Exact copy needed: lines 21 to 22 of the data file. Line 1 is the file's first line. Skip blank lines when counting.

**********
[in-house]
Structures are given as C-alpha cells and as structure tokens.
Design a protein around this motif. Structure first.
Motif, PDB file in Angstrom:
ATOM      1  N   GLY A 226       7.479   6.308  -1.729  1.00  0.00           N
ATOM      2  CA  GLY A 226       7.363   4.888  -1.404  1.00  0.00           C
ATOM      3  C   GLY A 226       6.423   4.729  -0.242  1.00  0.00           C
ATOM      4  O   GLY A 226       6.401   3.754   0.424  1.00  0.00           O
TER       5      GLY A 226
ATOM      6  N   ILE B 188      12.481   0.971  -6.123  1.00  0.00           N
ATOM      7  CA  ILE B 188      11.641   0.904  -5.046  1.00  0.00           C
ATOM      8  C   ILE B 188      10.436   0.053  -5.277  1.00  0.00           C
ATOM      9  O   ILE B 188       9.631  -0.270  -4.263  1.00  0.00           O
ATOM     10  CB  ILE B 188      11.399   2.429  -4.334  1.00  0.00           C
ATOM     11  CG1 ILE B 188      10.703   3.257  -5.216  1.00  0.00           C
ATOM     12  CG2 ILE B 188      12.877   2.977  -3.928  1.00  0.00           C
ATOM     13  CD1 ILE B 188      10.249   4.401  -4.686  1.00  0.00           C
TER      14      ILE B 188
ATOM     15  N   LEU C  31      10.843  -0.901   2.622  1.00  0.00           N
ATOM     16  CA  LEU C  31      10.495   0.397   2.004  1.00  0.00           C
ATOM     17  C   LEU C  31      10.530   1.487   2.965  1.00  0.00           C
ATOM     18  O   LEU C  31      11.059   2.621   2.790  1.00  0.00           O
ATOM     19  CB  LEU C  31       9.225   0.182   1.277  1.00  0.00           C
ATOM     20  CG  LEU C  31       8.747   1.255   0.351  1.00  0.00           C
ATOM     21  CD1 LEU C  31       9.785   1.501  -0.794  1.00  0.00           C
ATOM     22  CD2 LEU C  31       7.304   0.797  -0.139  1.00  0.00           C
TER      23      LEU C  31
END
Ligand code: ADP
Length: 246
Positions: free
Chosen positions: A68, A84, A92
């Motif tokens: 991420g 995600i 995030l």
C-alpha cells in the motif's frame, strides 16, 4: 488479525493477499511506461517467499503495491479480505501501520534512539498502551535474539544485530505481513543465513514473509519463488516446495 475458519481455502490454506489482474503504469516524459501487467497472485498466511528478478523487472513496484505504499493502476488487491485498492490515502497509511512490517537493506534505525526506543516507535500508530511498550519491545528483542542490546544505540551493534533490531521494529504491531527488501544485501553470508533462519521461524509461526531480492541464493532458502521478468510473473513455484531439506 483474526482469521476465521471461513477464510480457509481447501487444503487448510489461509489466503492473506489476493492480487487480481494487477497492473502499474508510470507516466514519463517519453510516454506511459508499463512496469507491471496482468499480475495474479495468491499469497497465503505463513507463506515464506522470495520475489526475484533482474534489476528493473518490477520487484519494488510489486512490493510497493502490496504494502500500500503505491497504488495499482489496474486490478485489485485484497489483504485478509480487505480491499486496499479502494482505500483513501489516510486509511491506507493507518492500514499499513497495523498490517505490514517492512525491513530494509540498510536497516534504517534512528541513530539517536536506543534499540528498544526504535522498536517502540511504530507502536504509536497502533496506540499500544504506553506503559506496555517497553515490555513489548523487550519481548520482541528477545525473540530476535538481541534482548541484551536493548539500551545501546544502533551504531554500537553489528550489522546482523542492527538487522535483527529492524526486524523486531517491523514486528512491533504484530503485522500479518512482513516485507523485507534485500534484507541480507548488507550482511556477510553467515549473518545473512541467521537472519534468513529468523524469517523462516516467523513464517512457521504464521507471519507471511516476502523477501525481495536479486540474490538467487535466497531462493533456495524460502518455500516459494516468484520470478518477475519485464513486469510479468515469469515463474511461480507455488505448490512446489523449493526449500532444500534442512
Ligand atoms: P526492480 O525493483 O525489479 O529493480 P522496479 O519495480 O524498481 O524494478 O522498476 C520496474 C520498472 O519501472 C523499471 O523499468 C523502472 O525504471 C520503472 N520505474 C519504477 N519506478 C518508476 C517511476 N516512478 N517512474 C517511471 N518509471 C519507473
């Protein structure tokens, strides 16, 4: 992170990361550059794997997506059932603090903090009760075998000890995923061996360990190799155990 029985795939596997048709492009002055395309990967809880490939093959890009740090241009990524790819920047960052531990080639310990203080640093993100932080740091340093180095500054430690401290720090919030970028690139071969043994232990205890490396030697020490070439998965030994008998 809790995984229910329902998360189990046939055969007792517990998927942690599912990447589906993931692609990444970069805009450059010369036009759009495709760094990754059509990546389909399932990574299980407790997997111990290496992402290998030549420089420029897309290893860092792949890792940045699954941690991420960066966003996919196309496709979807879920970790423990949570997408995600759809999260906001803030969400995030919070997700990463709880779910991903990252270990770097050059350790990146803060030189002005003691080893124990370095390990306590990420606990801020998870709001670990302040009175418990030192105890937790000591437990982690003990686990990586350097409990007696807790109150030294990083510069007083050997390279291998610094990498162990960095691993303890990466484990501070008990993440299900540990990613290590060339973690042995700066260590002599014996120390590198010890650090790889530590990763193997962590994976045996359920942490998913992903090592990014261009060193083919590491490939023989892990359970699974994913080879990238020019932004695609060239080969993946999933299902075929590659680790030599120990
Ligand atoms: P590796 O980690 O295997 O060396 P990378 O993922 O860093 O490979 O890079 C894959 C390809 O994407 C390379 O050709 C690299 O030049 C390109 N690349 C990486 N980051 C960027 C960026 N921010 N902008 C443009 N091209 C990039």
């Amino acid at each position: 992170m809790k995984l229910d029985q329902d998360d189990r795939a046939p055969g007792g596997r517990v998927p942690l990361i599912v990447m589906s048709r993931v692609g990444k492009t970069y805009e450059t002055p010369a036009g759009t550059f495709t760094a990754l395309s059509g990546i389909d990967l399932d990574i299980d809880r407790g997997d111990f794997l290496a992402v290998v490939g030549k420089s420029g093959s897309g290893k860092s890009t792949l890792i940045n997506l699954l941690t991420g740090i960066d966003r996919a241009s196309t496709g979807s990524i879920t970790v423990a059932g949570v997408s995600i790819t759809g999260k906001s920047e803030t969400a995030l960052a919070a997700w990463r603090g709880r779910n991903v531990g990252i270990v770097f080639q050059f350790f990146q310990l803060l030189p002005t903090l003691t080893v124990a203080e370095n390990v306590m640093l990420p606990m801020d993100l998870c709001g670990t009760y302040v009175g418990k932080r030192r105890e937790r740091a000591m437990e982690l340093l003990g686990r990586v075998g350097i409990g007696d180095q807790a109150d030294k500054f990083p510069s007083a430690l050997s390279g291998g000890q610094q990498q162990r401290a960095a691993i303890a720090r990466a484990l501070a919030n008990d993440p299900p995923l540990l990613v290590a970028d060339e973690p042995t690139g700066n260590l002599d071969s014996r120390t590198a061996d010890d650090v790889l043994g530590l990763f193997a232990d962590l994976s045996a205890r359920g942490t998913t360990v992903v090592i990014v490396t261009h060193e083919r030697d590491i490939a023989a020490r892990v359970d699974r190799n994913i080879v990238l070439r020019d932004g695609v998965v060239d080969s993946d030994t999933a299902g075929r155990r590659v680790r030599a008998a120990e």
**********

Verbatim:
ATOM     17  C   LEU C  31      10.530   1.487   2.965  1.00  0.00           C
ATOM     18  O   LEU C  31      11.059   2.621   2.790  1.00  0.00           O